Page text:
Poets teaching in the schools
The Spring 1974 issues of the magazine “Maryland,” features an article by Dr. Lilian Randall titled “Please can we write another poem today?” The article results from the Maryland Poets-in-the-Schools Program, then in its third year. The Program brought professional poets into the classroom “to heighten students' awareness of of the power of language as a vehicle for self expression.” The article highlights the voices of the students and gives an idea of the quality of the students' writing produced in the Program. Five poets are spotlighted: Gilbert Byron, Alice Moser Claudel, Will Stanton, Lucille Clifton and Carol Peck. Two other elementary school teachers in the Poetry Program interviewed for the article are Roderick Jellema and Daniel Epstein. While short, the article brings to light an often overlooked commitment of poets to teaching poetry especially in the elementary schools, 3rd and 4th graders as well as 5th and 6th graders. Alice Moser (Rivera) Claudel, Bill Rivera's mother, dedicated much of her energies to teaching elementary school children the challenge and joys of writing poetry. Her work at the Berlin Middle School in Maryland was followed by her school commitment to young students in the bayou country of Barataria, as well as in Chalmette, Louisiana, and the story goes that she died with one of her student's papers in her typewriter. Such dedicated deserves note in our remembrance of things past and ongoing in the history of poetry.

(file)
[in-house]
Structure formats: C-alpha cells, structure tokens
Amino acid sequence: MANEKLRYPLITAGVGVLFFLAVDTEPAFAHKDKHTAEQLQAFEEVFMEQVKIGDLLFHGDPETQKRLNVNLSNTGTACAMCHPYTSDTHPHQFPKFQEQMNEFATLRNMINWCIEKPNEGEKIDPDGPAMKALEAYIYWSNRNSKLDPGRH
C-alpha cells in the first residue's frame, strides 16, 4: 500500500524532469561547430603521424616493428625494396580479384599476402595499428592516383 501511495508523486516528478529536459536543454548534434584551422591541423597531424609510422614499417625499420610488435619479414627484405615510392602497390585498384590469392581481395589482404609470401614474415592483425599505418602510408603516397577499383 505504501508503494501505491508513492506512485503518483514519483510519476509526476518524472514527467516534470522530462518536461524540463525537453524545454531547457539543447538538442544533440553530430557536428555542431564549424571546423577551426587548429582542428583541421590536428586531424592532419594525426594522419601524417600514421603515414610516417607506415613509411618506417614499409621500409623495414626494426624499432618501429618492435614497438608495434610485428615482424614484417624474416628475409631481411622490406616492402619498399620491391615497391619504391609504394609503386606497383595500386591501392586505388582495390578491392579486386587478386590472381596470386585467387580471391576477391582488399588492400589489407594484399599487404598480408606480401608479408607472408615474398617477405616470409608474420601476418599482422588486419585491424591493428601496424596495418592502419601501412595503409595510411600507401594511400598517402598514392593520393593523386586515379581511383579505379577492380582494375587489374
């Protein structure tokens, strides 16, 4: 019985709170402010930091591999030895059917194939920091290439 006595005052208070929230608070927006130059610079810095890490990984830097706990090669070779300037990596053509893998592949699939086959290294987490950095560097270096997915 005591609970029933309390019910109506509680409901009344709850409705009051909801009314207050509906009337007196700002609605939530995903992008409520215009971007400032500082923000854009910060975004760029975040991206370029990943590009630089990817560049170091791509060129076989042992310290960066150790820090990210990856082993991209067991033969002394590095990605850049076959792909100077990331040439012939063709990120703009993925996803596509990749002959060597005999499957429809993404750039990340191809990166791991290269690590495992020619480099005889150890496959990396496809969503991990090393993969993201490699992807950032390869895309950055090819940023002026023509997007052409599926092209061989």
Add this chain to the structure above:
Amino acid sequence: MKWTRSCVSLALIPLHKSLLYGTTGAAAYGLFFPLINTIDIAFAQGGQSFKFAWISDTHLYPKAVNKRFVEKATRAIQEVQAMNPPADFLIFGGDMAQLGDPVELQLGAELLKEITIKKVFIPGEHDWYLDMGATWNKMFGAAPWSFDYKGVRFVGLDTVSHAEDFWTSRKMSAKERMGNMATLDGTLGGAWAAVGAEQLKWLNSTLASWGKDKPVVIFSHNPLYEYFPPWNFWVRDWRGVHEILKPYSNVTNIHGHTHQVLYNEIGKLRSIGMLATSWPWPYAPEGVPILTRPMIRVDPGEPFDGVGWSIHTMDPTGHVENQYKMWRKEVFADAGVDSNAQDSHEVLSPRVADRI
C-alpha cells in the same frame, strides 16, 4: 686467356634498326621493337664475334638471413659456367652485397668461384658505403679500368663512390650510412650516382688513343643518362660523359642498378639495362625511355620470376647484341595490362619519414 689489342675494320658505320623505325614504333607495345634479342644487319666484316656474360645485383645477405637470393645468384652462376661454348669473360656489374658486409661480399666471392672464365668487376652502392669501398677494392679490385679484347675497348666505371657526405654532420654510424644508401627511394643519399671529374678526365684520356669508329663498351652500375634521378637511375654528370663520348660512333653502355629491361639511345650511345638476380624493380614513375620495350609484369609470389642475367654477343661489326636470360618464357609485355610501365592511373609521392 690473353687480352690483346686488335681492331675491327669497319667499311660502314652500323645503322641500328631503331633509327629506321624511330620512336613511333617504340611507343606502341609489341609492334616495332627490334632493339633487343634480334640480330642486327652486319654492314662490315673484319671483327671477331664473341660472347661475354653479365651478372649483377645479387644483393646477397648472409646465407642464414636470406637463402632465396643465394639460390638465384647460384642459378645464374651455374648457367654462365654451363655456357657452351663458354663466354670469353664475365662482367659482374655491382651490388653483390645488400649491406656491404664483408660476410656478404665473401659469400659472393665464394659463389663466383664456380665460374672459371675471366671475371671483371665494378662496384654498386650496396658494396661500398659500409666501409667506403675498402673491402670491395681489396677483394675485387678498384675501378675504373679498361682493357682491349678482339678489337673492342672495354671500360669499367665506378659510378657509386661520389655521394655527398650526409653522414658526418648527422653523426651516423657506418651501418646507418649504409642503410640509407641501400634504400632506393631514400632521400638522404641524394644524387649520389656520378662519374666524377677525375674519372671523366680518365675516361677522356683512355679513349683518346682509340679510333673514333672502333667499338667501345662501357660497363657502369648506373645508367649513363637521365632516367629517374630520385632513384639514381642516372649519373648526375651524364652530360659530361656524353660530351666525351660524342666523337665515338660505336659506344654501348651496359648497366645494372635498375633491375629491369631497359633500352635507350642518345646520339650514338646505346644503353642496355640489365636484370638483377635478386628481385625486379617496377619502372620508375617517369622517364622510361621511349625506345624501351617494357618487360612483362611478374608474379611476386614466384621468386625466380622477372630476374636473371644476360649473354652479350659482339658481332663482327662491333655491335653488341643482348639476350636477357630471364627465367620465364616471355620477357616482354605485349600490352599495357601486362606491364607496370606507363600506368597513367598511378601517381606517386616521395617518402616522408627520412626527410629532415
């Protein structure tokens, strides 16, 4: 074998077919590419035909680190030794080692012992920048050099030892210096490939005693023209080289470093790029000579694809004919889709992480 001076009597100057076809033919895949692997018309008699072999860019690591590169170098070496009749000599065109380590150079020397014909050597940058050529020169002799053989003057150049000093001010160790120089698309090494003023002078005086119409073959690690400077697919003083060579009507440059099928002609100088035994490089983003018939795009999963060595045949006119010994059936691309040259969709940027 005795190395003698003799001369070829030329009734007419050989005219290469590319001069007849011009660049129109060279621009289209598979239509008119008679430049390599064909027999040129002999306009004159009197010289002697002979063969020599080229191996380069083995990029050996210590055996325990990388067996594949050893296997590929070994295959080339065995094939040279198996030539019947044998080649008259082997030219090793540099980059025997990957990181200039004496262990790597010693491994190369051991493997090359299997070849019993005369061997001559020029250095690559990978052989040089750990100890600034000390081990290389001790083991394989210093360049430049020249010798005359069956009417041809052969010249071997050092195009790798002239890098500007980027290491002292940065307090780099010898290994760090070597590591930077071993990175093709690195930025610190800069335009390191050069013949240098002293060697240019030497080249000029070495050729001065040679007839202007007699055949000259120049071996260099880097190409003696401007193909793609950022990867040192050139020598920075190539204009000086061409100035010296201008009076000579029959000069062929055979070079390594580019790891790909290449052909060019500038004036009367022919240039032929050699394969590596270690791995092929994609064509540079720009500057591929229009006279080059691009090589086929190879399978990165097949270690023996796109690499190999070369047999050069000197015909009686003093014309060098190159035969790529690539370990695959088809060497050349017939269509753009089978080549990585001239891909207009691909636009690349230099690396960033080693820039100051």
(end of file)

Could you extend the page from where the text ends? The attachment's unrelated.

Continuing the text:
Written by Bill Rivera November 2013
Some poets who regularly work in the DC Public Schools and with other groups that teach creative writing to grade school students include:
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